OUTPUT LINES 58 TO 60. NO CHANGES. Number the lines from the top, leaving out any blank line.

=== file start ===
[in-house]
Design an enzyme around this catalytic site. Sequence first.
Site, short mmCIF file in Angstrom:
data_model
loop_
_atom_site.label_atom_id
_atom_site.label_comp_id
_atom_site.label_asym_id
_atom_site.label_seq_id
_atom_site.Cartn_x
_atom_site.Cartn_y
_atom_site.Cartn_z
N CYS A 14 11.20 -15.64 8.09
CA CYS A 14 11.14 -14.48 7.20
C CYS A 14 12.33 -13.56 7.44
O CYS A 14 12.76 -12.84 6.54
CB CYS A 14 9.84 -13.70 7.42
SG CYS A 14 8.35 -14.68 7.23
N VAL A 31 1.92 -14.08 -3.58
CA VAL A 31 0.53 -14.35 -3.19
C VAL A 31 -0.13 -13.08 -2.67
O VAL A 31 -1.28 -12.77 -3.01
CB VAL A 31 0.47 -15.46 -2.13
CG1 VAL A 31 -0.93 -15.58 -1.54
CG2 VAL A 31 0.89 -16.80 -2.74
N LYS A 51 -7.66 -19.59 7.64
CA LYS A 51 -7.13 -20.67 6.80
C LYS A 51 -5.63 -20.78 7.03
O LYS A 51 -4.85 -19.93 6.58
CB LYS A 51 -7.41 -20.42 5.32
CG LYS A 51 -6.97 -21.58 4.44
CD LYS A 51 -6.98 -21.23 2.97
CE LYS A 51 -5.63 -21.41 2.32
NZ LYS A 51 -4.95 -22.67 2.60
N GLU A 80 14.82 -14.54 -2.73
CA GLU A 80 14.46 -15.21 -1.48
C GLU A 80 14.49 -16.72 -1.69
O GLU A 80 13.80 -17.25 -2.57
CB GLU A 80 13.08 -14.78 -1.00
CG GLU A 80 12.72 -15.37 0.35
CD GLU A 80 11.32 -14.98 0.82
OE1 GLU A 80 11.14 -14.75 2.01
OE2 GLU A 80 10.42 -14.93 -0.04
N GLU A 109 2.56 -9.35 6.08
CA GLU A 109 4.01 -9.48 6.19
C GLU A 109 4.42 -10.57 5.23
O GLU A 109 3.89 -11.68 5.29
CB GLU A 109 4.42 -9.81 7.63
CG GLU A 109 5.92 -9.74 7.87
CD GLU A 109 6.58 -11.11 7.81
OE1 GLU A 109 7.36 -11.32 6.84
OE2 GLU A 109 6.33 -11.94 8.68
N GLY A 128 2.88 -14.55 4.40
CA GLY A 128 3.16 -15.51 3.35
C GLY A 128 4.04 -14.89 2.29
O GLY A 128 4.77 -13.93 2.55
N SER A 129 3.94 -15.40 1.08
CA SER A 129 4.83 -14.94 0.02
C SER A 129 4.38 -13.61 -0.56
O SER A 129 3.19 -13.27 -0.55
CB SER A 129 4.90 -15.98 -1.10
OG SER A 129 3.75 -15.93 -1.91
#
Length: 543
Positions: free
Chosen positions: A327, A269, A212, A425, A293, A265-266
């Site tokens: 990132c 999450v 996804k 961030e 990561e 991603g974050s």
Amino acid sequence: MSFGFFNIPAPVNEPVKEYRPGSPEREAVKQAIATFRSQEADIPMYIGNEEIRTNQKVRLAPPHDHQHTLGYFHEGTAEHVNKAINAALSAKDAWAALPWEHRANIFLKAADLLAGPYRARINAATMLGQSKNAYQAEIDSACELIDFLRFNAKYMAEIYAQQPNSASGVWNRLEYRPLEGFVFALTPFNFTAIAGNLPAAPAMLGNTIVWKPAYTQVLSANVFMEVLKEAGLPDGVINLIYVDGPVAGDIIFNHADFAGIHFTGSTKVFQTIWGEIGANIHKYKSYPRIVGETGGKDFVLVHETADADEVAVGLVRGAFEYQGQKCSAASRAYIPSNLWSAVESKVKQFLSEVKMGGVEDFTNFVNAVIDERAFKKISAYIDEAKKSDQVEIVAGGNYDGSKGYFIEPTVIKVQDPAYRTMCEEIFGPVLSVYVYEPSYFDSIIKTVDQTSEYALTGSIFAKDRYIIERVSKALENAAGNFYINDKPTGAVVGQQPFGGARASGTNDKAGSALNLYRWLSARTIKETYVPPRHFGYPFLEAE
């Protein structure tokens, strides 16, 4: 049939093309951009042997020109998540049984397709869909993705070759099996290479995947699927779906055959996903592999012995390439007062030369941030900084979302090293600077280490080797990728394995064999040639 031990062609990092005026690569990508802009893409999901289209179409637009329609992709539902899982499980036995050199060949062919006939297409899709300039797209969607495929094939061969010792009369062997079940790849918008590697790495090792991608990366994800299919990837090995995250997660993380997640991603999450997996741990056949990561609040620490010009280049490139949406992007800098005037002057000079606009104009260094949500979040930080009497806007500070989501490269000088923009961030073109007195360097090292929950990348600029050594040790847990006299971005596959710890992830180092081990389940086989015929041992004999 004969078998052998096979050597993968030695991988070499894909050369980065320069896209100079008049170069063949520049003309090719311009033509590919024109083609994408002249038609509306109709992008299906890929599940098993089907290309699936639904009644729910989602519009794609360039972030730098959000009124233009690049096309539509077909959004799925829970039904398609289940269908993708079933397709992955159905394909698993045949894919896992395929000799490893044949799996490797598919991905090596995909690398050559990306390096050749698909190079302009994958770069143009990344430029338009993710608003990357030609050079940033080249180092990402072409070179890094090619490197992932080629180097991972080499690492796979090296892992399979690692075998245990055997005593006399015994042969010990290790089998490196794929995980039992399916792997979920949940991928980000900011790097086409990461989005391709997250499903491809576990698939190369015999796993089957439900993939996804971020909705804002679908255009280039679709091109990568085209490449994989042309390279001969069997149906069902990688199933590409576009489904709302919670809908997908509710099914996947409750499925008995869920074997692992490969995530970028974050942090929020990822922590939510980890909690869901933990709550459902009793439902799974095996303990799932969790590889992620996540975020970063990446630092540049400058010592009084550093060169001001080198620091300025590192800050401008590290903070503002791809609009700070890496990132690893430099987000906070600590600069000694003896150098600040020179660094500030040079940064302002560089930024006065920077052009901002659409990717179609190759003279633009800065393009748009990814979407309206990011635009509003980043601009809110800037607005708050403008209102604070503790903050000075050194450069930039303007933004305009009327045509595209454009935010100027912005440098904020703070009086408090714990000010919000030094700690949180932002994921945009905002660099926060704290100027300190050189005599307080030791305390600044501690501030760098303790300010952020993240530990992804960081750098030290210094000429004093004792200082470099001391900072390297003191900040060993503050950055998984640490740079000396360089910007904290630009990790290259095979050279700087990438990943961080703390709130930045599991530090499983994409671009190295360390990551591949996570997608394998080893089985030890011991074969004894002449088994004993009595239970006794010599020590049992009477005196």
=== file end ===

CA SER A 129 4.83 -14.94 0.02
C SER A 129 4.38 -13.61 -0.56
O SER A 129 3.19 -13.27 -0.55